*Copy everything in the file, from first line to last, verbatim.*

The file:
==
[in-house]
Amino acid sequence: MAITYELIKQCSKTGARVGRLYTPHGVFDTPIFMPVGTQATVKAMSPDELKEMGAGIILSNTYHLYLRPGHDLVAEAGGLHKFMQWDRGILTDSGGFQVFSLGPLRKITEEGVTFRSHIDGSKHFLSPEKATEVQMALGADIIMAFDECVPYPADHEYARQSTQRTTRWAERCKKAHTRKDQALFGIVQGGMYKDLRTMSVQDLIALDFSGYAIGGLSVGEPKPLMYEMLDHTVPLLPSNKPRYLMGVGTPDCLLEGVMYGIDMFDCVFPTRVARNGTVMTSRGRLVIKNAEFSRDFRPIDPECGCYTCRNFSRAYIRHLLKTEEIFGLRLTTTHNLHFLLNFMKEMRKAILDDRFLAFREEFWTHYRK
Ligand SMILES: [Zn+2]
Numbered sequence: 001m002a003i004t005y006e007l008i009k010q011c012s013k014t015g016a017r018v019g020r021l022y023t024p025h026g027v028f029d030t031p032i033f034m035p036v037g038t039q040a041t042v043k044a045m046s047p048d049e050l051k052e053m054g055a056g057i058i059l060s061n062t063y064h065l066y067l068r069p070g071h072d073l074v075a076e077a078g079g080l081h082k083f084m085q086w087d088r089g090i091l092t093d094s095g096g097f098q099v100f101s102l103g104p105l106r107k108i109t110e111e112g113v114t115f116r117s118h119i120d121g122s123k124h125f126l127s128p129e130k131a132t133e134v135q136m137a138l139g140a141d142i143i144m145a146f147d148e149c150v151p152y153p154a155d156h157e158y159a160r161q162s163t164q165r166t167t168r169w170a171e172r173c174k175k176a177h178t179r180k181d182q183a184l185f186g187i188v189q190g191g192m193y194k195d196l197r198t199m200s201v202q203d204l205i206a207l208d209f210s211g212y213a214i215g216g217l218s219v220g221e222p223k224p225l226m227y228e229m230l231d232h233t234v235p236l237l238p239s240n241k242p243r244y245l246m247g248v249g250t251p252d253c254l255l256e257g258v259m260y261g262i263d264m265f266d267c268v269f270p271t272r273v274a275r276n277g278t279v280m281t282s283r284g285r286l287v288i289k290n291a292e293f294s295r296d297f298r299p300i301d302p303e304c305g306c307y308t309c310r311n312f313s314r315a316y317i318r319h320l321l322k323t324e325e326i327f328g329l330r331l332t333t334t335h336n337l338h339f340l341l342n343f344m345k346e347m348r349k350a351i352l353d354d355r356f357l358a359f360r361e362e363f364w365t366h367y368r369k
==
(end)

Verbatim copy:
[in-house]
Amino acid sequence: MAITYELIKQCSKTGARVGRLYTPHGVFDTPIFMPVGTQATVKAMSPDELKEMGAGIILSNTYHLYLRPGHDLVAEAGGLHKFMQWDRGILTDSGGFQVFSLGPLRKITEEGVTFRSHIDGSKHFLSPEKATEVQMALGADIIMAFDECVPYPADHEYARQSTQRTTRWAERCKKAHTRKDQALFGIVQGGMYKDLRTMSVQDLIALDFSGYAIGGLSVGEPKPLMYEMLDHTVPLLPSNKPRYLMGVGTPDCLLEGVMYGIDMFDCVFPTRVARNGTVMTSRGRLVIKNAEFSRDFRPIDPECGCYTCRNFSRAYIRHLLKTEEIFGLRLTTTHNLHFLLNFMKEMRKAILDDRFLAFREEFWTHYRK
Ligand SMILES: [Zn+2]
Numbered sequence: 001m002a003i004t005y006e007l008i009k010q011c012s013k014t015g016a017r018v019g020r021l022y023t024p025h026g027v028f029d030t031p032i033f034m035p036v037g038t039q040a041t042v043k044a045m046s047p048d049e050l051k052e053m054g055a056g057i058i059l060s061n062t063y064h065l066y067l068r069p070g071h072d073l074v075a076e077a078g079g080l081h082k083f084m085q086w087d088r089g090i091l092t093d094s095g096g097f098q099v100f101s102l103g104p105l106r107k108i109t110e111e112g113v114t115f116r117s118h119i120d121g122s123k124h125f126l127s128p129e130k131a132t133e134v135q136m137a138l139g140a141d142i143i144m145a146f147d148e149c150v151p152y153p154a155d156h157e158y159a160r161q162s163t164q165r166t167t168r169w170a171e172r173c174k175k176a177h178t179r180k181d182q183a184l185f186g187i188v189q190g191g192m193y194k195d196l197r198t199m200s201v202q203d204l205i206a207l208d209f210s211g212y213a214i215g216g217l218s219v220g221e222p223k224p225l226m227y228e229m230l231d232h233t234v235p236l237l238p239s240n241k242p243r244y245l246m247g248v249g250t251p252d253c254l255l256e257g258v259m260y261g262i263d264m265f266d267c268v269f270p271t272r273v274a275r276n277g278t279v280m281t282s283r284g285r286l287v288i289k290n291a292e293f294s295r296d297f298r299p300i301d302p303e304c305g306c307y308t309c310r311n312f313s314r315a316y317i318r319h320l321l322k323t324e325e326i327f328g329l330r331l332t333t334t335h336n337l338h339f340l341l342n343f344m345k346e347m348r349k350a351i352l353d354d355r356f357l358a359f360r361e362e363f364w365t366h367y368r369k